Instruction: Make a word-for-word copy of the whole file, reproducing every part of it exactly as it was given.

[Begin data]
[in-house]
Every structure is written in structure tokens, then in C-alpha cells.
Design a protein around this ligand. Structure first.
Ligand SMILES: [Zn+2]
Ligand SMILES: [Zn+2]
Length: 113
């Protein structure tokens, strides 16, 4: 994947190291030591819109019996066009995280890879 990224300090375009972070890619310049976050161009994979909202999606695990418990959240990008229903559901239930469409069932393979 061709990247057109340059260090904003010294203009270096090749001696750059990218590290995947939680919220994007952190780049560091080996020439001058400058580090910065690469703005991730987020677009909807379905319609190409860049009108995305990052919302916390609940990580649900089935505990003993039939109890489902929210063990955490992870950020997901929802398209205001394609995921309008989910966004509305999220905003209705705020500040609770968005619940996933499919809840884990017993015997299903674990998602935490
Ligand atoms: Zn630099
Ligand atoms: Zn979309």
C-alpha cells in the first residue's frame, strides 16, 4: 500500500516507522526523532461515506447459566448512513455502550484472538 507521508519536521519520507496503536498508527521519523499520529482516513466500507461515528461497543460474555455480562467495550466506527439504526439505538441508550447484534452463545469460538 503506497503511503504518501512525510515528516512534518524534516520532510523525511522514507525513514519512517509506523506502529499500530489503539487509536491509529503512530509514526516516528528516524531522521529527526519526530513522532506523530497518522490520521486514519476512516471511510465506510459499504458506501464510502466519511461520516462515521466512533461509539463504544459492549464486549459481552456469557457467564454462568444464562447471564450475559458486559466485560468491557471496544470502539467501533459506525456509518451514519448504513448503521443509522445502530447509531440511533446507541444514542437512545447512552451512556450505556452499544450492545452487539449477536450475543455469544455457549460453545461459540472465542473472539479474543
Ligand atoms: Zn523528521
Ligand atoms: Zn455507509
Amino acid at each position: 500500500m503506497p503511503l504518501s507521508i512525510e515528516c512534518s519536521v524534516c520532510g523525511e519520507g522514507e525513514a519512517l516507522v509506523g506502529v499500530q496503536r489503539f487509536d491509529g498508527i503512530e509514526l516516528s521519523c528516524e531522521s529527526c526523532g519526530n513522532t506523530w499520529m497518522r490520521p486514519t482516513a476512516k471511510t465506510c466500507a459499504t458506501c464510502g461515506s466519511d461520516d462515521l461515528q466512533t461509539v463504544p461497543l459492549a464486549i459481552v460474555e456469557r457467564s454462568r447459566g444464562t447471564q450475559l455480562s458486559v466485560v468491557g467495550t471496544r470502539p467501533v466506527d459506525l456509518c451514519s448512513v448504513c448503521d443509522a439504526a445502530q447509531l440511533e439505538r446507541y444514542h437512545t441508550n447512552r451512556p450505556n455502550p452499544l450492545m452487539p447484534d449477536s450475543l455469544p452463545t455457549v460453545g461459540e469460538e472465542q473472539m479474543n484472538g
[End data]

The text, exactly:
[in-house]
Every structure is written in structure tokens, then in C-alpha cells.
Design a protein around this ligand. Structure first.
Ligand SMILES: [Zn+2]
Ligand SMILES: [Zn+2]
Length: 113
């Protein structure tokens, strides 16, 4: 994947190291030591819109019996066009995280890879 990224300090375009972070890619310049976050161009994979909202999606695990418990959240990008229903559901239930469409069932393979 061709990247057109340059260090904003010294203009270096090749001696750059990218590290995947939680919220994007952190780049560091080996020439001058400058580090910065690469703005991730987020677009909807379905319609190409860049009108995305990052919302916390609940990580649900089935505990003993039939109890489902929210063990955490992870950020997901929802398209205001394609995921309008989910966004509305999220905003209705705020500040609770968005619940996933499919809840884990017993015997299903674990998602935490
Ligand atoms: Zn630099
Ligand atoms: Zn979309």
C-alpha cells in the first residue's frame, strides 16, 4: 500500500516507522526523532461515506447459566448512513455502550484472538 507521508519536521519520507496503536498508527521519523499520529482516513466500507461515528461497543460474555455480562467495550466506527439504526439505538441508550447484534452463545469460538 503506497503511503504518501512525510515528516512534518524534516520532510523525511522514507525513514519512517509506523506502529499500530489503539487509536491509529503512530509514526516516528528516524531522521529527526519526530513522532506523530497518522490520521486514519476512516471511510465506510459499504458506501464510502466519511461520516462515521466512533461509539463504544459492549464486549459481552456469557457467564454462568444464562447471564450475559458486559466485560468491557471496544470502539467501533459506525456509518451514519448504513448503521443509522445502530447509531440511533446507541444514542437512545447512552451512556450505556452499544450492545452487539449477536450475543455469544455457549460453545461459540472465542473472539479474543
Ligand atoms: Zn523528521
Ligand atoms: Zn455507509
Amino acid at each position: 500500500m503506497p503511503l504518501s507521508i512525510e515528516c512534518s519536521v524534516c520532510g523525511e519520507g522514507e525513514a519512517l516507522v509506523g506502529v499500530q496503536r489503539f487509536d491509529g498508527i503512530e509514526l516516528s521519523c528516524e531522521s529527526c526523532g519526530n513522532t506523530w499520529m497518522r490520521p486514519t482516513a476512516k471511510t465506510c466500507a459499504t458506501c464510502g461515506s466519511d461520516d462515521l461515528q466512533t461509539v463504544p461497543l459492549a464486549i459481552v460474555e456469557r457467564s454462568r447459566g444464562t447471564q450475559l455480562s458486559v466485560v468491557g467495550t471496544r470502539p467501533v466506527d459506525l456509518c451514519s448512513v448504513c448503521d443509522a439504526a445502530q447509531l440511533e439505538r446507541y444514542h437512545t441508550n447512552r451512556p450505556n455502550p452499544l450492545m452487539p447484534d449477536s450475543l455469544p452463545t455457549v460453545g461459540e469460538e472465542q473472539m479474543n484472538g